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People v. Myles

JULY 30, 1975.




APPEAL from the Circuit Court of Ogle County; the Hon. JOHN L. MOORE, Judge, presiding.


Defendant appeals from a judgment of conviction for the offense of deviate sexual assault (Ill. Rev. Stat. 1973, ch. 38, par. 11-3), entered after a jury trial, and from his sentence of 10-30 years' imprisonment. He contends that he was not proved guilty beyond a reasonable doubt and, alternatively, that the sentence was excessive.

The defendant was charged with committing the sexual assault on a 16-year-old male. The only testimony as to the acts charged was that of the complaining witness. He testified that at about 3 p.m. on July 2, 1973, on the main street of Rochelle he met the 39-year-old defendant, whom he had known only casually for 2 to 3 weeks. In the course of a friendly conversation, Myes asked the witness whether he drank liquor or smoked marijuana. The witness said he had given up both some weeks before. Myles asked him if he wanted some beer. The witness first said he did not, but on further request did not object.

The young man testified that Myles then gave him the key to his apartment, told him he would get some beer and meet him there later. On the way the witness met a friend who asked him what he was doing and he responded that he was going to a "dude's house" but gave no further details. When the witness arrived at the apartment he entered by a side entrance, one he had used before when a friend had lived in the same apartment, and which did not require him to pass the landlord's apartment.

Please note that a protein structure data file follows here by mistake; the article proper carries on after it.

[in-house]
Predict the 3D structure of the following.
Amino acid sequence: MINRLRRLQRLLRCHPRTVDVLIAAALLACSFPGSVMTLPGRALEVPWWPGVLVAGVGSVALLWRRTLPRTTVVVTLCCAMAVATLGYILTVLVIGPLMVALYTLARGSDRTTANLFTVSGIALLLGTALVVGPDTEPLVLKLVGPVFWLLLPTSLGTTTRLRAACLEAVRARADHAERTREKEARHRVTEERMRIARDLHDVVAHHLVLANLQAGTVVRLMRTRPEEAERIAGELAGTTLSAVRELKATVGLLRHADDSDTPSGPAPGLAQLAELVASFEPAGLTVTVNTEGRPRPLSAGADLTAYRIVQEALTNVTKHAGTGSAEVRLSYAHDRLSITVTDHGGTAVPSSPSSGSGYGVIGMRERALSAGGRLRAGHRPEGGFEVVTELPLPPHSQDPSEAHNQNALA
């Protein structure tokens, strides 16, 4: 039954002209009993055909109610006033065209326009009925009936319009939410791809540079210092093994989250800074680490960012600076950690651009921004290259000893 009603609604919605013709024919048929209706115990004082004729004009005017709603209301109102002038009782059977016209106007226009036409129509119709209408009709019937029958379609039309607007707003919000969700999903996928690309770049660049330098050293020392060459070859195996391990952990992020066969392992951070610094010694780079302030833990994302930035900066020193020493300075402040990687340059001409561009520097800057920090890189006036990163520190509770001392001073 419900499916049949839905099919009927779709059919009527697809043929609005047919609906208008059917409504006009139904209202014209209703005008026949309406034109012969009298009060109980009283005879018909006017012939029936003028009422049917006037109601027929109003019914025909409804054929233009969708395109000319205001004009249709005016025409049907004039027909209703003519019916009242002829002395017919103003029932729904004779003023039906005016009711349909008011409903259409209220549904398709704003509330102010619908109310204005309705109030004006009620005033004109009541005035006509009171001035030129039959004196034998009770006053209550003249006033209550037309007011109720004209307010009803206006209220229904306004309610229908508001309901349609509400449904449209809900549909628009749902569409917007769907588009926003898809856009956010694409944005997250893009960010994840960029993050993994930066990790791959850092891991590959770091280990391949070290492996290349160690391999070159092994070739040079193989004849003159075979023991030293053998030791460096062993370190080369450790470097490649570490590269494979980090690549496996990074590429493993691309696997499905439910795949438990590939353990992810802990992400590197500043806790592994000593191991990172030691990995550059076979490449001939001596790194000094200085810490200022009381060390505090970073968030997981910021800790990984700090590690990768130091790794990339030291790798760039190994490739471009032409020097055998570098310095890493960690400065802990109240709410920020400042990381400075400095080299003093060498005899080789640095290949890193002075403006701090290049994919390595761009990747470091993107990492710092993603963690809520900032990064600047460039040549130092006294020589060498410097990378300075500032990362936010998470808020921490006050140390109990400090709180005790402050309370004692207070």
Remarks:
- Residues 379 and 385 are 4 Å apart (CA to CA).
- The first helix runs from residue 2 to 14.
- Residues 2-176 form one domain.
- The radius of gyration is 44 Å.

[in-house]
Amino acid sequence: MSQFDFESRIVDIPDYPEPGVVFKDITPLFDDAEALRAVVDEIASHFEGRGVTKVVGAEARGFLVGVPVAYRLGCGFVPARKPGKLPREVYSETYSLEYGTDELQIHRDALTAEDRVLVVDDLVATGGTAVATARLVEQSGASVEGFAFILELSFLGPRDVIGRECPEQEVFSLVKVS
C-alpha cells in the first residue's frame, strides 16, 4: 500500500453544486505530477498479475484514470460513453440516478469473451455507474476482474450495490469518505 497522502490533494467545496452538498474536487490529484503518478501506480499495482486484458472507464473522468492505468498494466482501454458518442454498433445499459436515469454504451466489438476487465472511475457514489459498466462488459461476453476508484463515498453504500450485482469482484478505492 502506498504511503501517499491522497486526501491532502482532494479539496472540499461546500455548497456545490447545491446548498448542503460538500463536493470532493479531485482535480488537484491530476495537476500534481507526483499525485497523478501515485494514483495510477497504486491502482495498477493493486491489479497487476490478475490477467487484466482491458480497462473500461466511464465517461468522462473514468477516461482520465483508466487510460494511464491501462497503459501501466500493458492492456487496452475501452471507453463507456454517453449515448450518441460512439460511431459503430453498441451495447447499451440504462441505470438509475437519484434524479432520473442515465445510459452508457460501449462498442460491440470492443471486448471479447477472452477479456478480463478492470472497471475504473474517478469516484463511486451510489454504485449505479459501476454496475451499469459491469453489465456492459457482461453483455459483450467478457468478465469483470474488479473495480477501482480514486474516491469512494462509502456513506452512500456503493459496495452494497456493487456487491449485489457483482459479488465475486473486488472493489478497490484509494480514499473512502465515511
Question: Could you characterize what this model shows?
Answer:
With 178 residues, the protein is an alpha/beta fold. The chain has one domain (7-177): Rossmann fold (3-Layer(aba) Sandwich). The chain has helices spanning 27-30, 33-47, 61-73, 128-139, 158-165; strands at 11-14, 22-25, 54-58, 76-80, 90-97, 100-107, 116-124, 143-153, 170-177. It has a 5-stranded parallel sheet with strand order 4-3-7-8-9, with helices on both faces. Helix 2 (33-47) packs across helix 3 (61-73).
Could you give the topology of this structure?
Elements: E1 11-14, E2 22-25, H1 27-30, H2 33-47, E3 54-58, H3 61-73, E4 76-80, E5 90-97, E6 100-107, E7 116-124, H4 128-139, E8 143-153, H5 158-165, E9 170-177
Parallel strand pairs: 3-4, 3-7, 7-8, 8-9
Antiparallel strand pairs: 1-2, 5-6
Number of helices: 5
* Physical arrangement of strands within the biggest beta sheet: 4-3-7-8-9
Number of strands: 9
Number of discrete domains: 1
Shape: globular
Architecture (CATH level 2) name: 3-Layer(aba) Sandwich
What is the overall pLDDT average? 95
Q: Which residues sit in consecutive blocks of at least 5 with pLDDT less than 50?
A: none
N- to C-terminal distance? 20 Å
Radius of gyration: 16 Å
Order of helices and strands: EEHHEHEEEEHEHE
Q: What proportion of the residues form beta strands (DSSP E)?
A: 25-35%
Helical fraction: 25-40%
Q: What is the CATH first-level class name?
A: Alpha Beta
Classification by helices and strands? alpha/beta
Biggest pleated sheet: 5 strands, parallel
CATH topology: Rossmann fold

Myles lived in an 8-by-10-foot room on the ground floor. While waiting for Myles the witness said he sat on the bed and had decided to leave when the defendant arrived, carrying a six-pack of beer. Myles locked the door behind him, then offered the witness a beer which he accepted. According to the witness defendant seemed to be intoxicated. They conversed generally and both agreed it was hot in the room. Defendant took off his shirt and although the witness said he told defendant it was not necessary, defendant began to unbutton the complaining witness's shirt.

The witness said he pushed Myles' hand away and told him it was time to meet his girl friend, but the defendant said he had not bought the beer for nothing. The young man testified that then the defendant was slapping him and arguing with him but up to this point had not threatened him.

When the boy began to rise from the bed to leave, however, the witness said that he was slapped by Myles and pushed against the dresser; that when he again attempted to leave Myles proceeded to choke him and to lower the window shade. Myles then made suggestive remarks about the witness's body. The young man said he then first became afraid and again attempted to leave but that the defendant "slugged" him on the head, slapped him in the face and pushed him on the bed. At some point defendant removed the witness's clothes and undressed himself.

The witness further testified that the defendant forced him to drink beer, hitting him when he stopped so that he eventually became intoxicated during his 5-hour stay.